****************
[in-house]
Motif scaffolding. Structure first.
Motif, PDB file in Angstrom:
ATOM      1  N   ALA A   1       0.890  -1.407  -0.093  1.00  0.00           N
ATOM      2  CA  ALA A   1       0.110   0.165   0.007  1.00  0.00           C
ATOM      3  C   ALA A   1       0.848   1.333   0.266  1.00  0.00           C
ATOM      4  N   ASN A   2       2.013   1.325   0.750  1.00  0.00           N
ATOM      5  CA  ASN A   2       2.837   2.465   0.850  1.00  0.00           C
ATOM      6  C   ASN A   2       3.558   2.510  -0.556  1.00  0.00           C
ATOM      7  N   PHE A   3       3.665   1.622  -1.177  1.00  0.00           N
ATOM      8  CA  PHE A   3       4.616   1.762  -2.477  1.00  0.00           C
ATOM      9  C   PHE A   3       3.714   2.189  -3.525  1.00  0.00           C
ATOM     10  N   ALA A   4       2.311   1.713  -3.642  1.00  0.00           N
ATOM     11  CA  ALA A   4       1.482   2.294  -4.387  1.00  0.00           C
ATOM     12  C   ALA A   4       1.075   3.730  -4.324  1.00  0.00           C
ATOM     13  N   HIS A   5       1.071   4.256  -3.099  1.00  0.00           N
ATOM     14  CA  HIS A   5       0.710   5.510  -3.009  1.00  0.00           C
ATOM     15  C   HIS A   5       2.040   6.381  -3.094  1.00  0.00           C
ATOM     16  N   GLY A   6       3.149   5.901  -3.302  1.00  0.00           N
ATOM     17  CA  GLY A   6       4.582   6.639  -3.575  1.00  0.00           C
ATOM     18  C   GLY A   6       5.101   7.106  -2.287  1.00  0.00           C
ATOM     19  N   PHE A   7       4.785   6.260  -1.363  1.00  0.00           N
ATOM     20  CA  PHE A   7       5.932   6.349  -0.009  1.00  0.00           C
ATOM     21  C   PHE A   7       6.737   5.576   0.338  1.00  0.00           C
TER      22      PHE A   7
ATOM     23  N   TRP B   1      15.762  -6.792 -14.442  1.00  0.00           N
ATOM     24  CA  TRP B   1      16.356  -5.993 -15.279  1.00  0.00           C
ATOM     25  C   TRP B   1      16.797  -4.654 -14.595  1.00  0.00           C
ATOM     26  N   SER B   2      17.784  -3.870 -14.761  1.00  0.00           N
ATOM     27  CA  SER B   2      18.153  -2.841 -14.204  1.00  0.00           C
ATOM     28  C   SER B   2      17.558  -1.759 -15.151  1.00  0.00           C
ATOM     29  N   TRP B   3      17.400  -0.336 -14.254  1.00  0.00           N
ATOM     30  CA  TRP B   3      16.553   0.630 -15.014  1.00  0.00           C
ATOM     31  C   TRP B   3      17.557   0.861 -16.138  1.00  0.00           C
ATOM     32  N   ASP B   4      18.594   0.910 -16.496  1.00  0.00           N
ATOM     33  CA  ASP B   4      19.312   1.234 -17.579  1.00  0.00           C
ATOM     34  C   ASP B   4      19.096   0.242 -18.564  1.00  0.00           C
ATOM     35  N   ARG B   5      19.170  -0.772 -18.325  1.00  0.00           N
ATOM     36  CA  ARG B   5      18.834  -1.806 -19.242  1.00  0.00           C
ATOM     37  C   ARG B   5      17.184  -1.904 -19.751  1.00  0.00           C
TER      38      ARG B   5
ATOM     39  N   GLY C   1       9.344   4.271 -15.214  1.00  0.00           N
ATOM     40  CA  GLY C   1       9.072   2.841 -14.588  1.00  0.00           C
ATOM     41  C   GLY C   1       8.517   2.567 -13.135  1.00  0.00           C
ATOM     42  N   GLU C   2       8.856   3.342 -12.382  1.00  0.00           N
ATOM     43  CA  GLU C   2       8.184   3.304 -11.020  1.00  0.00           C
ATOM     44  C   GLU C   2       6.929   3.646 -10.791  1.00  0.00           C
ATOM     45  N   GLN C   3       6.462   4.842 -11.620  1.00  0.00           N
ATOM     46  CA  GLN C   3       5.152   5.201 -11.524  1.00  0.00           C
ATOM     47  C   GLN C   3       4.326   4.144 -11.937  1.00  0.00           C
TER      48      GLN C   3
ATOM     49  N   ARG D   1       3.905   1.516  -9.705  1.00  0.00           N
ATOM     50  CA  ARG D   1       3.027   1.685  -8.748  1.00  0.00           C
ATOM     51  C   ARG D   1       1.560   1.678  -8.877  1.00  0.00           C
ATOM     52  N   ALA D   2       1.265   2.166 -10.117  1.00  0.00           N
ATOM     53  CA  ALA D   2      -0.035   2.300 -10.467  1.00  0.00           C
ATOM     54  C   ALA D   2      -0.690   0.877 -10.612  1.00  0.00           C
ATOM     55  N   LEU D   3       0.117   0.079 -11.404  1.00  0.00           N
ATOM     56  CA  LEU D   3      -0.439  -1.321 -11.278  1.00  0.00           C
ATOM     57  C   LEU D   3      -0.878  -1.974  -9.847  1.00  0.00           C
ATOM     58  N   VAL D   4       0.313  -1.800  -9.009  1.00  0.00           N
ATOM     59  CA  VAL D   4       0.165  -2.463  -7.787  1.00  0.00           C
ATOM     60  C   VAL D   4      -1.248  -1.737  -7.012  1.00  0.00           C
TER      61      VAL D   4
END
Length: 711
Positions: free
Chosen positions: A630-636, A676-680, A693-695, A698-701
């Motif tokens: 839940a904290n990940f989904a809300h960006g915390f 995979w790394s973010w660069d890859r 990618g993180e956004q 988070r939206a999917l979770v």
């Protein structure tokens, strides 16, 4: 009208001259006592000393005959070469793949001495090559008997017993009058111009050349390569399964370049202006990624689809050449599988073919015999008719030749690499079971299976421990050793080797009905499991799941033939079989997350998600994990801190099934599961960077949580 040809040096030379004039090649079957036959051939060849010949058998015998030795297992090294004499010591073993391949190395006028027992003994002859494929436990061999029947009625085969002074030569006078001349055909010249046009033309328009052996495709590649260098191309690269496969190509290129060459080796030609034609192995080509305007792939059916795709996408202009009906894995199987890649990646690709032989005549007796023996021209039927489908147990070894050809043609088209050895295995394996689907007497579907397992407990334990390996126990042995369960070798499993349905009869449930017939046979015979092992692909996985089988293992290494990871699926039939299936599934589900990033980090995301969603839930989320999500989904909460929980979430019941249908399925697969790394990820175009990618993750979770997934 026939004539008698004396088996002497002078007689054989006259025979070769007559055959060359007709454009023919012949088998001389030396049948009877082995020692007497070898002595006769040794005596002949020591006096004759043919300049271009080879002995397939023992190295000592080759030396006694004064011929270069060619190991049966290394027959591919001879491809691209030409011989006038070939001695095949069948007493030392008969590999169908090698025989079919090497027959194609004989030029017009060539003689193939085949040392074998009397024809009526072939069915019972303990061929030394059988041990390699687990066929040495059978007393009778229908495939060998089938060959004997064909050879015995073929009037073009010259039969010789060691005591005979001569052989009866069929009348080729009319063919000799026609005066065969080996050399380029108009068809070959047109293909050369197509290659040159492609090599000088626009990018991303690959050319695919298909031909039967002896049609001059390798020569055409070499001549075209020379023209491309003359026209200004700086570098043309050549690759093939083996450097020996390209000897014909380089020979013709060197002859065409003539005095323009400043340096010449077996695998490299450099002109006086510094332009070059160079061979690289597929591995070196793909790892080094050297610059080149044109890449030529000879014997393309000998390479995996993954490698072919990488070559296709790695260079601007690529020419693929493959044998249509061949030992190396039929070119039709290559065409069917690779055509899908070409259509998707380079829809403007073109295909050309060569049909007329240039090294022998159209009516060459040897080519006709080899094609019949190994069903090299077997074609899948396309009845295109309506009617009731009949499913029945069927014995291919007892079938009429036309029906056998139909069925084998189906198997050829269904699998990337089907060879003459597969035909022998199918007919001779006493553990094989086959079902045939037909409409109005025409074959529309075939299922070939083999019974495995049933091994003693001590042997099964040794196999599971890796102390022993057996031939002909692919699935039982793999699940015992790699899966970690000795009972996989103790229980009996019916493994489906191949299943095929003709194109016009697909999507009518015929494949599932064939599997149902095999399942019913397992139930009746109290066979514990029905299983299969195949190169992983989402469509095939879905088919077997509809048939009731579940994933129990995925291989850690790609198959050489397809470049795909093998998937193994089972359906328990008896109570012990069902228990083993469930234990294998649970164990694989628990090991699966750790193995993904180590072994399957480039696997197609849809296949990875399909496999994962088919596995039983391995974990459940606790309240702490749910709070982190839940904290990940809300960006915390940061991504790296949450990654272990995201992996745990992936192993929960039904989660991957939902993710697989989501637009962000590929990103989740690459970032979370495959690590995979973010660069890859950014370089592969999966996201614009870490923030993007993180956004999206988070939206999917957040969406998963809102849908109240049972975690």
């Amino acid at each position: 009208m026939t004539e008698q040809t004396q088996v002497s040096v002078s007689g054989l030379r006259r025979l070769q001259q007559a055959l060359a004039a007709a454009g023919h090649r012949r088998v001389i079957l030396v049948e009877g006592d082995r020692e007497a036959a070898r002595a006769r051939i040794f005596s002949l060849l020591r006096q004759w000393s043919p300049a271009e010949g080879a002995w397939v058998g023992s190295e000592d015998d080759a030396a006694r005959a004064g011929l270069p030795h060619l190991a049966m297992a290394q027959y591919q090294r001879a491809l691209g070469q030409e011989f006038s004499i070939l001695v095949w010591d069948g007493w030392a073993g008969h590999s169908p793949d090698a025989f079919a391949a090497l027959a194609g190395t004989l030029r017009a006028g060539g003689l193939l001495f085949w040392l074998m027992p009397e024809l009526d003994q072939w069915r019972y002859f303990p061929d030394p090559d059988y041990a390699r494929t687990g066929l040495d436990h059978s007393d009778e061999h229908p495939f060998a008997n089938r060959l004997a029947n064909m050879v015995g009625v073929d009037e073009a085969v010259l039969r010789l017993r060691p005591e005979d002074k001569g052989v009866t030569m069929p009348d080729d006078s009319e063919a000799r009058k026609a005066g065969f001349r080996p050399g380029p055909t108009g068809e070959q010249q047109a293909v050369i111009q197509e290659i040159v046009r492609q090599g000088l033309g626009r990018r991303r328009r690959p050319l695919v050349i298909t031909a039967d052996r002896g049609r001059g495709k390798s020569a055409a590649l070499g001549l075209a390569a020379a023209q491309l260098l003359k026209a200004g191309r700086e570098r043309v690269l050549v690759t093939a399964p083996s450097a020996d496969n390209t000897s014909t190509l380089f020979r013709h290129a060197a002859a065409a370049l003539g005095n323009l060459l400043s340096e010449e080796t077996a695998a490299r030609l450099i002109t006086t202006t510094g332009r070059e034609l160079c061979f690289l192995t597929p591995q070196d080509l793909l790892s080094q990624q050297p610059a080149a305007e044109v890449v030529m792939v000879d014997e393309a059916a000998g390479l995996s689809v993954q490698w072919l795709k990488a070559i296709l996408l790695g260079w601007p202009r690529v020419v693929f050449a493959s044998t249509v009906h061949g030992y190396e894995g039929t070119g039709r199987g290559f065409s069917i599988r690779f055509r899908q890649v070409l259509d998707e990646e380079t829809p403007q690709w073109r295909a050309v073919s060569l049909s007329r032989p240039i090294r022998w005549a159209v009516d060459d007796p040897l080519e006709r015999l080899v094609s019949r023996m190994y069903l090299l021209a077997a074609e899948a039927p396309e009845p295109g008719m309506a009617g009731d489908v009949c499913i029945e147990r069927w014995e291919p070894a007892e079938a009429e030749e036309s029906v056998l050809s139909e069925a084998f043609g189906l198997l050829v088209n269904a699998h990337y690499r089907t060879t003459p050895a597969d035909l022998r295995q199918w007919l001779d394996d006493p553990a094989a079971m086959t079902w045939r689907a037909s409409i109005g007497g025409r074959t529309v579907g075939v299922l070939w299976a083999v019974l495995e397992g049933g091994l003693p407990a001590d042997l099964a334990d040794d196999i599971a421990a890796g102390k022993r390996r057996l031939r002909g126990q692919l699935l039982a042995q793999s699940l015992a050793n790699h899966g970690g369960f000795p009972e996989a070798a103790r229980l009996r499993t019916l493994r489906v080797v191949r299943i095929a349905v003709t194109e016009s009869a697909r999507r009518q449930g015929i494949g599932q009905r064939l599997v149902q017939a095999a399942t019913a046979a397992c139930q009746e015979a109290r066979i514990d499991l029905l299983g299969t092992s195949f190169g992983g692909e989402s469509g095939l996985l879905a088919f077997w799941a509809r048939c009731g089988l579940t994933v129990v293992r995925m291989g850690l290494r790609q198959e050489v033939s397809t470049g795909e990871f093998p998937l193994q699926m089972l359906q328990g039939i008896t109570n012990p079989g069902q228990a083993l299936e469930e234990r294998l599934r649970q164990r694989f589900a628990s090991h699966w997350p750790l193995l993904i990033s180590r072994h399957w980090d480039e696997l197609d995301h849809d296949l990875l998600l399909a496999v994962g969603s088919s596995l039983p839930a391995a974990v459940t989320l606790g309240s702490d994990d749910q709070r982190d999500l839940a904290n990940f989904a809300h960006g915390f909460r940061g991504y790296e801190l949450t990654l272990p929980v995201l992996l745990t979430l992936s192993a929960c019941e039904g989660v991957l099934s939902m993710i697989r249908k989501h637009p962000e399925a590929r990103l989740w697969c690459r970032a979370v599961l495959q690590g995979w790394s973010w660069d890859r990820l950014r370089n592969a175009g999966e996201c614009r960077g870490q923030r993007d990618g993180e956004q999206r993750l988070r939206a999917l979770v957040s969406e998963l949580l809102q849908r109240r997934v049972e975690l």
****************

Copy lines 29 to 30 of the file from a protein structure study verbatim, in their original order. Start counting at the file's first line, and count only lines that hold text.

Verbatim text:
ATOM     26  N   SER B   2      17.784  -3.870 -14.761  1.00  0.00           N
ATOM     27  CA  SER B   2      18.153  -2.841 -14.204  1.00  0.00           C